gpsd is a service daemon that monitors one or more GPSes or AIS receivers attached to a host computer through serial or USB ports, making all data on the location/course/velocity of the sensors available to be queried on TCP port 2947 of the host computer.

gpsd can be built for a variety of platforms based on linux. A detailed guide can be found here.

Obtaining gpsd

On systems with package manager (desktop distro, RPi, etc.)

On systems that have a package manager like apt, you can install gpsd and related packages very easily. The below steps work on an Ubuntu or any other debian system.

$ sudo apt update
$ sudo apt install gpsd gpsd-clients libgps-dev libgps<n> 

NOTE: Check the value of n above in your package repository by using the Tab key before pressing return.

On systems using Yocto

To add gpsd and related packages to your Yocto build, ensure that the meta-openembedded layer is added to your bblayers.conf file. Alternatively, you can use bitbake-layers to add the meta-openembedded layer to your bitbake configuration.

$ bitbake-layers add-layer <path to meta-openembedded layer>

Once done, you can now add the below line to your conf/local.conf file.

IMAGE_INSTALL_append = " gpsd gps-utils libgps gpsd-gpsctl"

To check that the recipe builds correctly, you can run the below command.

$ bitbake gpsd

Running gpsd and a test client

Once your linux system has booted up, you can start the gpsd using ANY ONE of the below command variations. The communication port is assumed to be /dev/ttyS1 below.

$ gpsd /dev/ttyS1 /* Using default settings */


$ gpsd /dev/ttyS1 -n /* gpsd will read NMEA data from device even if no client is running */


$ gpsd /dev/ttyS1 -n -N -D 3 /* gpsd will read NMEA data from device  even if no client is running, don't send gpsd into background, debug setting 3 (verbose) */

NOTE: For initial testing, use the third command to ensure that everything is OK before using gpsd as a daemon.

cgps test utility – dummy data shown here!

If running the gpsd as a daemon, you can use the cgps test client to check that everything is OK. Execute the below after starting the gpsd as a daemon.

$ cgps -s

Reading location data using gpsd and libgps functions

We are now ready to start reading meaningful data from our GPS device like latitude, longitude, number of satellites, etc.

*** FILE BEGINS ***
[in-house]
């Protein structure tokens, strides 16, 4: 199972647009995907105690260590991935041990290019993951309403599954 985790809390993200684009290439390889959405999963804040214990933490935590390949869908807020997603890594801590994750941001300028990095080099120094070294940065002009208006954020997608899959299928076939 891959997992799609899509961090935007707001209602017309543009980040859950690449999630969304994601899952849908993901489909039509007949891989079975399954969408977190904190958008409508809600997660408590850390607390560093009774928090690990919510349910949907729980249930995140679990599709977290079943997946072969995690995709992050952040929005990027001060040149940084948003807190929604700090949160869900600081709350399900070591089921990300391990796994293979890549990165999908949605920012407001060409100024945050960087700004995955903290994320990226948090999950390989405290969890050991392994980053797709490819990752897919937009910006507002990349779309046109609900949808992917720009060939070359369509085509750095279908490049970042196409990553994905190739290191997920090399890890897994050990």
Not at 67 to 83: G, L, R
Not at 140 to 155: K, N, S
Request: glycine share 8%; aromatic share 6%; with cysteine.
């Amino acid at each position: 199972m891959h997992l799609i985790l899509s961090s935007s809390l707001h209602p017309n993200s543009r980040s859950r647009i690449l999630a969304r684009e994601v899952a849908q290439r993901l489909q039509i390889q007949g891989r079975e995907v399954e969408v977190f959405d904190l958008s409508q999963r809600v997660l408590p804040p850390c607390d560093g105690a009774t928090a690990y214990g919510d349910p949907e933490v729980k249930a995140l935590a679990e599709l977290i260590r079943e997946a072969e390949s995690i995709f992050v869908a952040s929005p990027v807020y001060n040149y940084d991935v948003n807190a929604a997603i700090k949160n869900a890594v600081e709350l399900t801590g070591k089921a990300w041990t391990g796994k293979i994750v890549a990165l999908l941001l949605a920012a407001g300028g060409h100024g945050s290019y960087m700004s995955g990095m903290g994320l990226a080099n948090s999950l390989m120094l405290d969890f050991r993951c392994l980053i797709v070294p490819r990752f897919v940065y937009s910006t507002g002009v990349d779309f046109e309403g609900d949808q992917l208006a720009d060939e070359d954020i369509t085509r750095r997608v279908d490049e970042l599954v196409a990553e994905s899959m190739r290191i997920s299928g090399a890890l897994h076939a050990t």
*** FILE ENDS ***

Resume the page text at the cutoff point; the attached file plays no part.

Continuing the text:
Below is a sample source code that can be used to read data from the GPS device.

#include <stdio.h>
#include <string.h>
#include <unistd.h>
#include <gps.h>
#include <math.h>

#define SERVER_NAME         "localhost"
#define SERVER_PORT         "2947"

struct gps_data_t           g_gpsdata;
int                         ret;

int main(void) {
    // 1) Try GPS open
    ret = gps_open(SERVER_NAME,SERVER_PORT,&g_gpsdata);
    if(ret != 0) {
        printf("[GPS] Can't open...bye!\r\n");
        return -1;

    // 2) Enable the JSON stream - we enable the watch as well
    (void)gps_stream(&g_gpsdata, WATCH_ENABLE | WATCH_JSON, NULL);

    // 3) Wait for data from GPSD
    while (gps_waiting(&g_gpsdata, 5000000)) {
        if (-1 == gps_read(&g_gpsdata, NULL, 0)) {
            printf("Read error!! Exiting...\r\n");
        else {
            if(g_gpsdata.status == STATUS_FIX) {
                if(isfinite(g_gpsdata.fix.latitude) && isfinite(g_gpsdata.fix.longitude)) {
                    printf("[GPS DATA] Latitude, Longitude, Used satellites, Mode = %lf, %lf, %d, %d\r\n" , g_gpsdata.fix.latitude, g_gpsdata.fix.longitude,g_gpsdata.satellites_used,g_gpsdata.fix.mode);        
                else {
            else {
                printf("Waiting for fix...\r\n");

    // Close gracefully...
    (void)gps_stream(&g_gpsdata, WATCH_DISABLE, NULL);
    return 0;


In this post, we talked about geo-location, GNSS, popular GNSS systems. Later, we also talk about using geo-location sensors in microcontroller as well as linux-based systems.

The sample example above has been tested on Raspberry Pi, Ubuntu PC as well as the Jupiter Nano SBC.

See you in the next post!